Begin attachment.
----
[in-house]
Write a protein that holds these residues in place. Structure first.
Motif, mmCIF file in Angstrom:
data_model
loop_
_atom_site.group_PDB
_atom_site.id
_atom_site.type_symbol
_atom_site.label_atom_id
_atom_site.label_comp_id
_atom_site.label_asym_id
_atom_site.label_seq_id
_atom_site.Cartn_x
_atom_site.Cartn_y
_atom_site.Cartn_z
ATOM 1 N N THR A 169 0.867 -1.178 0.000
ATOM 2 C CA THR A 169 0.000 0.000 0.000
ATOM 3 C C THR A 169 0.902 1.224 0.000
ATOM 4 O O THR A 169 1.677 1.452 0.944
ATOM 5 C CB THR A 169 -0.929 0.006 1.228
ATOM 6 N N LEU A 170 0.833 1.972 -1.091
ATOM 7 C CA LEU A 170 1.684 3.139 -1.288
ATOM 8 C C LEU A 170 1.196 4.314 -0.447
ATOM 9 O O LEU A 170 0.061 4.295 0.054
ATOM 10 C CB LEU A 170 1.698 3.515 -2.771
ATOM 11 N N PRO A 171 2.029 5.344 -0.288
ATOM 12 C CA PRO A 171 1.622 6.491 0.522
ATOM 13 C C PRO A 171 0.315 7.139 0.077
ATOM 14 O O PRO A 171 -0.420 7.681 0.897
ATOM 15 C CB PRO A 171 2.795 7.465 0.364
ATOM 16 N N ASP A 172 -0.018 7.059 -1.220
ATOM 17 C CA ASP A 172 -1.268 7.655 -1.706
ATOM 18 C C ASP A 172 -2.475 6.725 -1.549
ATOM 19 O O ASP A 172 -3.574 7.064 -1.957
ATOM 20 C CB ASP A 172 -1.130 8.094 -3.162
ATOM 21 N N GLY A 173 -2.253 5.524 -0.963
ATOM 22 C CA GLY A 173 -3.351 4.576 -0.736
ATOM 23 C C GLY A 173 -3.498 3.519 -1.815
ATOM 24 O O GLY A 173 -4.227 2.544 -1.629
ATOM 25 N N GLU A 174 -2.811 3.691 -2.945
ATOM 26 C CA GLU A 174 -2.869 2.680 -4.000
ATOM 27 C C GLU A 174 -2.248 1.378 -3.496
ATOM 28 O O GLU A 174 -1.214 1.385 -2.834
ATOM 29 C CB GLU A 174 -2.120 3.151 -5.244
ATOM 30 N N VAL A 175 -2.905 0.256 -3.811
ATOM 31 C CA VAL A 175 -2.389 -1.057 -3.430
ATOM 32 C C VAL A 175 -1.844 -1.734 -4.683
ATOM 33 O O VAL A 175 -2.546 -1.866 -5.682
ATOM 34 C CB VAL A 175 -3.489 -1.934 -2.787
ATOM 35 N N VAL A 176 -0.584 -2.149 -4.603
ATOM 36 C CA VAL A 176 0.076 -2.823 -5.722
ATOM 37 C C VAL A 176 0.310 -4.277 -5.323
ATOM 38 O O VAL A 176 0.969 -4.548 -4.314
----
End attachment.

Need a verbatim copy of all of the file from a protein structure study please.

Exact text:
[in-house]
Write a protein that holds these residues in place. Structure first.
Motif, mmCIF file in Angstrom:
data_model
loop_
_atom_site.group_PDB
_atom_site.id
_atom_site.type_symbol
_atom_site.label_atom_id
_atom_site.label_comp_id
_atom_site.label_asym_id
_atom_site.label_seq_id
_atom_site.Cartn_x
_atom_site.Cartn_y
_atom_site.Cartn_z
ATOM 1 N N THR A 169 0.867 -1.178 0.000
ATOM 2 C CA THR A 169 0.000 0.000 0.000
ATOM 3 C C THR A 169 0.902 1.224 0.000
ATOM 4 O O THR A 169 1.677 1.452 0.944
ATOM 5 C CB THR A 169 -0.929 0.006 1.228
ATOM 6 N N LEU A 170 0.833 1.972 -1.091
ATOM 7 C CA LEU A 170 1.684 3.139 -1.288
ATOM 8 C C LEU A 170 1.196 4.314 -0.447
ATOM 9 O O LEU A 170 0.061 4.295 0.054
ATOM 10 C CB LEU A 170 1.698 3.515 -2.771
ATOM 11 N N PRO A 171 2.029 5.344 -0.288
ATOM 12 C CA PRO A 171 1.622 6.491 0.522
ATOM 13 C C PRO A 171 0.315 7.139 0.077
ATOM 14 O O PRO A 171 -0.420 7.681 0.897
ATOM 15 C CB PRO A 171 2.795 7.465 0.364
ATOM 16 N N ASP A 172 -0.018 7.059 -1.220
ATOM 17 C CA ASP A 172 -1.268 7.655 -1.706
ATOM 18 C C ASP A 172 -2.475 6.725 -1.549
ATOM 19 O O ASP A 172 -3.574 7.064 -1.957
ATOM 20 C CB ASP A 172 -1.130 8.094 -3.162
ATOM 21 N N GLY A 173 -2.253 5.524 -0.963
ATOM 22 C CA GLY A 173 -3.351 4.576 -0.736
ATOM 23 C C GLY A 173 -3.498 3.519 -1.815
ATOM 24 O O GLY A 173 -4.227 2.544 -1.629
ATOM 25 N N GLU A 174 -2.811 3.691 -2.945
ATOM 26 C CA GLU A 174 -2.869 2.680 -4.000
ATOM 27 C C GLU A 174 -2.248 1.378 -3.496
ATOM 28 O O GLU A 174 -1.214 1.385 -2.834
ATOM 29 C CB GLU A 174 -2.120 3.151 -5.244
ATOM 30 N N VAL A 175 -2.905 0.256 -3.811
ATOM 31 C CA VAL A 175 -2.389 -1.057 -3.430
ATOM 32 C C VAL A 175 -1.844 -1.734 -4.683
ATOM 33 O O VAL A 175 -2.546 -1.866 -5.682
ATOM 34 C CB VAL A 175 -3.489 -1.934 -2.787
ATOM 35 N N VAL A 176 -0.584 -2.149 -4.603
ATOM 36 C CA VAL A 176 0.076 -2.823 -5.722
ATOM 37 C C VAL A 176 0.310 -4.277 -5.323
ATOM 38 O O VAL A 176 0.969 -4.548 -4.314